Sunday, September 26, 2010

Editorial: Obamacare's bill quickly adds up


It's been six months since Obamacare, misleadingly titled the Patient Protection and Affordable Care Act, was passed by Congress and signed by the president.
House Speaker Nancy Pelosi infamously promised that after the far-reaching, 2,500-plus page bill was passed, we'd know more about it. True enough. On March 23 when President Barack Obama signed the law, 53 percent of voters already were opposed to it, according to Rasmussen Reports. After six months of familiarity, that's grown to 61 percent.
Article Tab : president-new-colombian-s
President Barack Obama smiles before a meeting with Colombian President Juan Manuel Santos in New York on Friday, Sept. 24, 2010. (AP Photo/Pool, Spencer Platt)
Most Obamacare provisions are delayed until 2014, but some began last week, including an option to retain adult children until age 26 on parents' insurance, and a prohibition on insurance companies avoiding large payouts by rescinding coverage, ostensibly for unintentional omissions on applications.
These improvements, of course, could be achieved without overhauling the nation's entire health care system. They certainly would have been easier to implement if other costly mandates were removed. Instead, Obamacare piles on these along with numerous other new mandated costs, regulations, taxes and burdens, belying the law's euphemistic title.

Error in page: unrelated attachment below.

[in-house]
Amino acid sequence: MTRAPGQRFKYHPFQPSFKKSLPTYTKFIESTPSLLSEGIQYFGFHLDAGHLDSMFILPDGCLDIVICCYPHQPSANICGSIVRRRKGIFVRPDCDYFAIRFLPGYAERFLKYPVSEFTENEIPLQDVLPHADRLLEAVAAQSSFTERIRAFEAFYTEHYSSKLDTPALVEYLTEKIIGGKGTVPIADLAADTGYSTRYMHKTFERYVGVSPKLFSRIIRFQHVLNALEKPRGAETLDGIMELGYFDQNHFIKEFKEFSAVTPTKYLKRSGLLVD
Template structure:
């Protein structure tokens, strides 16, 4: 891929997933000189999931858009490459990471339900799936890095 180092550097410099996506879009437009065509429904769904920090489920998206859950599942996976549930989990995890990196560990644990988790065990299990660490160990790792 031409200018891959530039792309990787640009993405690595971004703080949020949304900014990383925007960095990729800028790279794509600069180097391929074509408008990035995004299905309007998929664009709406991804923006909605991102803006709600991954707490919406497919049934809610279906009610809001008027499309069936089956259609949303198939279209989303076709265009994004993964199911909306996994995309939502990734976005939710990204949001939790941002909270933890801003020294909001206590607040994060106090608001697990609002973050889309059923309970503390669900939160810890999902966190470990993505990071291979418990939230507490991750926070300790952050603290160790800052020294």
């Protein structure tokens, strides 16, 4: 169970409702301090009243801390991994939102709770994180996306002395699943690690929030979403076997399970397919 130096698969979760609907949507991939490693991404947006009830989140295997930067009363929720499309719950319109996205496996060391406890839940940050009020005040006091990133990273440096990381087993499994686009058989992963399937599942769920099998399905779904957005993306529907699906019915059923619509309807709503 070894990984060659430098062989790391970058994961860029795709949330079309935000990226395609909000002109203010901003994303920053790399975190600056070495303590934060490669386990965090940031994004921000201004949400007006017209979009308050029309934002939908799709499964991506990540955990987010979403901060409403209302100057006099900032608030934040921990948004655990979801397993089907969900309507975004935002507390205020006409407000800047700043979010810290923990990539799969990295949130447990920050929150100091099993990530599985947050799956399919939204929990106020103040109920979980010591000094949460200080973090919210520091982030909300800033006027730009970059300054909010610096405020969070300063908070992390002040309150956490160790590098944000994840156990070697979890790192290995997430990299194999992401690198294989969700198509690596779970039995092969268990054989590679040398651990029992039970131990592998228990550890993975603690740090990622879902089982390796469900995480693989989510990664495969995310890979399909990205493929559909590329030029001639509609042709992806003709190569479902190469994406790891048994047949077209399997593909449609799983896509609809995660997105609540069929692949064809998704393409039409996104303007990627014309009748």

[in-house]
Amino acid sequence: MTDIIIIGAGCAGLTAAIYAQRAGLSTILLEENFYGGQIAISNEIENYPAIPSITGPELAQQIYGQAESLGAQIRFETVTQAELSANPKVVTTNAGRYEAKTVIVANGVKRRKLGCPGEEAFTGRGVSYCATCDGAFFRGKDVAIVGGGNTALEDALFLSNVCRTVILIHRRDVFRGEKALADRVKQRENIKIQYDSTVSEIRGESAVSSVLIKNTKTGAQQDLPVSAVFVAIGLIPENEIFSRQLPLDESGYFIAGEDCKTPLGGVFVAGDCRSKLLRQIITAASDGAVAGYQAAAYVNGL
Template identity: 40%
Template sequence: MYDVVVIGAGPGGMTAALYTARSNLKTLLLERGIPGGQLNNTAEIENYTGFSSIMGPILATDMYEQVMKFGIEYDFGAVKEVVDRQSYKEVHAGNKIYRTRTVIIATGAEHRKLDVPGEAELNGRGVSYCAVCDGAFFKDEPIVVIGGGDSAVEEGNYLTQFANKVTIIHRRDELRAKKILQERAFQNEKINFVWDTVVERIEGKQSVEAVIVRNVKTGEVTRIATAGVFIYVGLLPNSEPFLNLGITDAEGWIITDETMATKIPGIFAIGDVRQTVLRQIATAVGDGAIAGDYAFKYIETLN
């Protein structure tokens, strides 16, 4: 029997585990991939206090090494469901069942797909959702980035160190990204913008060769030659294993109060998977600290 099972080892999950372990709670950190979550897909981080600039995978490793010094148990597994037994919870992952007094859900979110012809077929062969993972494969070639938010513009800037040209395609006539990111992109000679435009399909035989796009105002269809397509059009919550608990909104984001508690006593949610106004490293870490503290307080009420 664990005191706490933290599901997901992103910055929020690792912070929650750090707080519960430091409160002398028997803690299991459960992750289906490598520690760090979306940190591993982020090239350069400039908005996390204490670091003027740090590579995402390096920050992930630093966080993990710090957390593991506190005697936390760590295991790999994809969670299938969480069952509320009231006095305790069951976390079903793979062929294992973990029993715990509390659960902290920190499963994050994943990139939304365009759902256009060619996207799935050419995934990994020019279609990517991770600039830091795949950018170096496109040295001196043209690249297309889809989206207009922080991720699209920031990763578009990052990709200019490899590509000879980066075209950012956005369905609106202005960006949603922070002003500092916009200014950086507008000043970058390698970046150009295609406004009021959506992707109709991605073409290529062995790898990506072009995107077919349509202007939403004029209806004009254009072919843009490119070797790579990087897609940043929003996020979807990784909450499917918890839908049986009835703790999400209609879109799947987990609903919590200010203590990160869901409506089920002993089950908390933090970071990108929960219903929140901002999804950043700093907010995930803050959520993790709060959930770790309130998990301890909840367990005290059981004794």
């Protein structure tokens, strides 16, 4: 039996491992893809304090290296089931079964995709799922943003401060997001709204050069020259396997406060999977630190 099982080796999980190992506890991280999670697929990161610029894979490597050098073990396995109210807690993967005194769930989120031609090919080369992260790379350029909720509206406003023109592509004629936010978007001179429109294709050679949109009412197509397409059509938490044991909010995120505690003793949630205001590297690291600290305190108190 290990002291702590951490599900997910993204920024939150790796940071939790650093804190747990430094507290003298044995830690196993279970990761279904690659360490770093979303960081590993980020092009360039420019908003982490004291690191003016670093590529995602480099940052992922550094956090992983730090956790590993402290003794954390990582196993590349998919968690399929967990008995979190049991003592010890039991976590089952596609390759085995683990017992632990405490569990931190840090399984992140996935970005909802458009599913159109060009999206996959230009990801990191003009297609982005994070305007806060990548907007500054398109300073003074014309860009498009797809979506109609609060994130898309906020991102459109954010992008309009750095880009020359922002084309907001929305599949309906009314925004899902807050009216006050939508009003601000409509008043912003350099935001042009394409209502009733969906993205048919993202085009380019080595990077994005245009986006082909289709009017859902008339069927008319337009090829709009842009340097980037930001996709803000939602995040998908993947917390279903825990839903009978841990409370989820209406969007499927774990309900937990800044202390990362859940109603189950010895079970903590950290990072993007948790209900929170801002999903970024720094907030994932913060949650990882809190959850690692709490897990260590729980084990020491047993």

"It is going to cost somebody something," said Greg Thorson, a University of Redlands health care policy expert.
After six months, the bills are beginning to arrive.
Contrary to the president's claim that health care will be more affordable, premium increases up to 9 percent are planned by Aetna, Inc., some BlueCross BlueShield plans and others, "to pay for extra benefits required under the law," the Wall Street Journal recently reported.
The Centers for Medicare and Medicaid Services, a federal agency, now reports Obamacare will increase health care spending, contradicting the president's promise the law would cover more people at less cost. Despite another promise that Obamacare would reduce the deficit, some now estimate its nearly $2.7 trillion cost over a decade will add hundreds of billions to the national debt.
In March, Americans were promised they could keep coverage and doctors they liked. Now Health and Human Services says as many as 67 percent of individual policies and 80 percent of small business policies will be forced to change. Meanwhile, studies predict Obamacare's massive expansion of Medicaid, which pays 56 percent compared to private sector fees, combined with other requirements and restrictions will result in a 300,000-nurse, 100,000-doctor shortage by 2020, says the conservative Heritage Foundation.
We don't need another six months of Obamacare. Congress' first order of business should be to repeal it.

1 comment:

  1. One problem! Unless and until the current white house tenant can prove he is a "natural born citizen" his signature is worthless.


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